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How Many Big Sonic Airplanes Were Built In US?  
User currently offlineLehpron From United States of America, joined Jul 2001, 7028 posts, RR: 21
Posted (9 years 10 months 1 week 5 days 3 hours ago) and read 4009 times:

I mean like, XB-70 had to be the biggest, then maybe B-58 Hustler, etc.

How many others, if any?

Granted 2707-300 was the longest but never flew.  Wink/being sarcastic


The meaning of life is curiosity; we were put on this planet to explore opportunities.
27 replies: All unread, showing first 25:
 
User currently offlineOkie From United States of America, joined Jul 2003, 3188 posts, RR: 3
Reply 1, posted (9 years 10 months 1 week 5 days 3 hours ago) and read 3963 times:

Don't forget the B1, much larger than the 58.

Okie


User currently offlineLehpron From United States of America, joined Jul 2001, 7028 posts, RR: 21
Reply 2, posted (9 years 10 months 1 week 5 days 3 hours ago) and read 3942 times:

Really? I thought B-1 was the size of a 757?


The meaning of life is curiosity; we were put on this planet to explore opportunities.
User currently offlineDALMD88 From United States of America, joined Jul 2000, 2612 posts, RR: 14
Reply 3, posted (9 years 10 months 1 week 5 days 2 hours ago) and read 3928 times:

The 58 was actually rather small compared to the XB-70 and the B-1. I've seen the 58 in person and was suprised how small it was. One is at the Lone Star Flight Museum http://www.lsfm.org/

User currently offlineHaveBlue From United States of America, joined Jan 2004, 2124 posts, RR: 1
Reply 4, posted (9 years 10 months 1 week 5 days 1 hour ago) and read 3909 times:

The B-1 is much, much larger than the B-58. For that matter, the SR-71 family, at 107' long and over 140,000lbs is no slouch. 10' longer and almost as heavy as a fully loaded B-58.




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User currently offlineDL021 From United States of America, joined May 2004, 11447 posts, RR: 75
Reply 5, posted (9 years 10 months 1 week 5 days 1 hour ago) and read 3893 times:

The DC-8 was a fairly large supersonic aircraft....


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User currently offlineN766UA From United States of America, joined Jul 1999, 8366 posts, RR: 23
Reply 6, posted (9 years 10 months 1 week 5 days 1 hour ago) and read 3891 times:

The DC-8 was a fairly large supersonic aircraft....

By accident....



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User currently offlinePhollingsworth From United Kingdom, joined Mar 2004, 825 posts, RR: 5
Reply 7, posted (9 years 10 months 1 week 5 days ago) and read 3886 times:

Not knocking the SR-71, but the XB-70 was a pretty amazing aircraft. It did more to push the state of the art than almost any other supersonic a/c. At a MGTOW of 550,000 lbs it was by far the heaviest supersonic a/c built in the West. It was designed to carry 25,000 lbs. of bombs 5000 nm at Mach 3+. Unfortunately ship 1 had a number of manufacturing defects (brazing stainless steel honeycomb was a brand new tech) and was limited to Mach 2.7. The airplane is actually more efficient at Mach 3, as compared to 2.7 due to the intricacies of it variable cycle propulsion system (done in the duct vs. done in the engine on the SR-71).

The B-1, another of the Rockwell/North American designs is not only a 450,000 a/c but it has a wing loading from hell, ~255 lb/sq foot. Of course the B-1A seems to have driven the even larger Tu-160, now that is a big airplane.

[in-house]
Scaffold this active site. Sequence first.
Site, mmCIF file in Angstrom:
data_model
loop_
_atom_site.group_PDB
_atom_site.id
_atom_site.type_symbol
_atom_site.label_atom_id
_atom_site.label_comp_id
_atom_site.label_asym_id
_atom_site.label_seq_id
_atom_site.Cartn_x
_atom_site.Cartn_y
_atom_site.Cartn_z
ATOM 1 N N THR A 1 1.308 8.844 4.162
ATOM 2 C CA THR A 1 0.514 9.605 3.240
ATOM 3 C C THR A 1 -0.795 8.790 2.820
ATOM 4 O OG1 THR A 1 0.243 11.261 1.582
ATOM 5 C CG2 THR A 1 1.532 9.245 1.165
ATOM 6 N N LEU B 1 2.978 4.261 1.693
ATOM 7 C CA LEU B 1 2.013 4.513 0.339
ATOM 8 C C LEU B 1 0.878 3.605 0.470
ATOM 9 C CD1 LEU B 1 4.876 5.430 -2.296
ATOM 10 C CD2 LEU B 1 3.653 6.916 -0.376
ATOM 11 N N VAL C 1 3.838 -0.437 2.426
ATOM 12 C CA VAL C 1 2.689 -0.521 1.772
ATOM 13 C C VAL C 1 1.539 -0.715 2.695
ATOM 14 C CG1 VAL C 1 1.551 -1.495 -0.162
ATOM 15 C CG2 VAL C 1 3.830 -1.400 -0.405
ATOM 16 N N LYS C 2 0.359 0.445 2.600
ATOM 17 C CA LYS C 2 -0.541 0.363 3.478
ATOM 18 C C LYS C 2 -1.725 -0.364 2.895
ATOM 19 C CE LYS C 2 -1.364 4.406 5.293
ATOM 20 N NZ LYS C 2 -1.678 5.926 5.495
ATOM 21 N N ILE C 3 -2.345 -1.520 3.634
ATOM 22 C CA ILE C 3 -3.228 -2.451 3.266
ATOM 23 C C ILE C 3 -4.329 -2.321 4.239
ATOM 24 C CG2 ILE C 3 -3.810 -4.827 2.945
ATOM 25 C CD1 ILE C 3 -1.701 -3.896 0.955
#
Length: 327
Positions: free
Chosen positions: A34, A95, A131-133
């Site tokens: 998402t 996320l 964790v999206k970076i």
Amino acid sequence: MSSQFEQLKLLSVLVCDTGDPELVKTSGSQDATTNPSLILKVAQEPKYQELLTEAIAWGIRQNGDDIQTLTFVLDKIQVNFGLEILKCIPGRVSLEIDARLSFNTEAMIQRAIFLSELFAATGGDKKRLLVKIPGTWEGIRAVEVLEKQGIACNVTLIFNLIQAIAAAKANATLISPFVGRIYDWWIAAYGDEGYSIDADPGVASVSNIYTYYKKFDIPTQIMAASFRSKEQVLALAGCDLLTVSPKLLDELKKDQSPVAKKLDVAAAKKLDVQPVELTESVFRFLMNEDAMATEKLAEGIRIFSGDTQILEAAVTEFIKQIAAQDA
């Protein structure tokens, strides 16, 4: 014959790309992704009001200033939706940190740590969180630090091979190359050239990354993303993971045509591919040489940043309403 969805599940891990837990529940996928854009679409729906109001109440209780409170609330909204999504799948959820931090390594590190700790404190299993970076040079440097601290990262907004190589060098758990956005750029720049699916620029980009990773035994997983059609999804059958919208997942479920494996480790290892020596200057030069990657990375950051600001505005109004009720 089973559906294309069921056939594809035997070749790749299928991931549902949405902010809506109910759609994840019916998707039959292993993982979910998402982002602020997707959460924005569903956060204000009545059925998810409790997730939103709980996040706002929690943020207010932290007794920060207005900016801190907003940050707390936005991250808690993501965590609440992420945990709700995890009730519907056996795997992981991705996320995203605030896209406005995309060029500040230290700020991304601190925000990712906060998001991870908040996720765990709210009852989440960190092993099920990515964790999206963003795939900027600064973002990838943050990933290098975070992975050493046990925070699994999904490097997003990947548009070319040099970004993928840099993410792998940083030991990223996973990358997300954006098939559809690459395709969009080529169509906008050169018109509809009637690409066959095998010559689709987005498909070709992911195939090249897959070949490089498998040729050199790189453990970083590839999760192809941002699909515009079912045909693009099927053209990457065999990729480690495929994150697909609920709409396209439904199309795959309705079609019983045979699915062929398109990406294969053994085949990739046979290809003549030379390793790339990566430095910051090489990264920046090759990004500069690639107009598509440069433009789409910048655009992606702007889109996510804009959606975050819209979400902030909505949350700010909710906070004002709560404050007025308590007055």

As for another large supersonic a/c don't forget the A-5/RA-5 also built by North American. It grew out of the Rapier escort fighter design (proposed for the B-70) and was for quite a while the largest carrier born aircraft (it may still be).


User currently offlineLehpron From United States of America, joined Jul 2001, 7028 posts, RR: 21
Reply 8, posted (9 years 10 months 5 days ago) and read 3671 times:

I have a slightly different question: With what has gone on with the A380 in terms of the 80 x 80 meter box, I've seen bits of research data on NASA's many SST proposals that were recent, like 2002 or 2003; all have scaled drawing/models of machines that are supposed to be over 100 meters in length!

When an SST project develops in the future, will designers scale this idea down or will airports have to deal with a 150 x 300 foot flying football field weighing in around a Boeing 744?

I think I remember an old MD SST design having a conceptually proposed length of 334 feet, 101.2 meters. That is insanity, IMO.  Wow!



The meaning of life is curiosity; we were put on this planet to explore opportunities.
User currently offlineB2707SST From United States of America, joined Apr 2003, 1369 posts, RR: 59
Reply 9, posted (9 years 10 months 4 days 19 hours ago) and read 3641 times:

With the high fineness ratio (fuselage length / fuselage diameter) required to keep wave drag under control, there's basically no way around having very long fuselages. For a 300-pax SST, which seems to be the universally agreed-upon optimum size, most designs have a 3-3 or 2-3-2 seating configuration and approach 100 meters in length. Concorde only sat 128 pax (2 classes) and was 204 feet / 61 meters long (about the length of a 767-400 or 777-200!). The upside is that swept wings have much less span than a subsonic, so engine and gate clearances will be lower.

The Boeing SST's length topped out at 318 feet (a whopping 97 meters) on the 2707-200, which was 12 feet longer than the -100. The long fuselage actually led to the downfall of the swing wing design. The engines had to be mounted on the tailplane (engines on pivoting wings doesn't work too well), meaning the center of gravity was quite far aft. This required very large elevators to overcome the short moment arm. In extreme maneuvers, the force exerted on the tail caused an elastic bending response in the long fuselage. The extra strengthening needed to reinforce the fuselage basically eliminated the 2707's payload, and the FAA flatly refused to allow the maximum takeoff weight to exceed the contractually-stipulated 675,000 pounds. Desperate to eliminate weight, Boeing cut out the swing wings.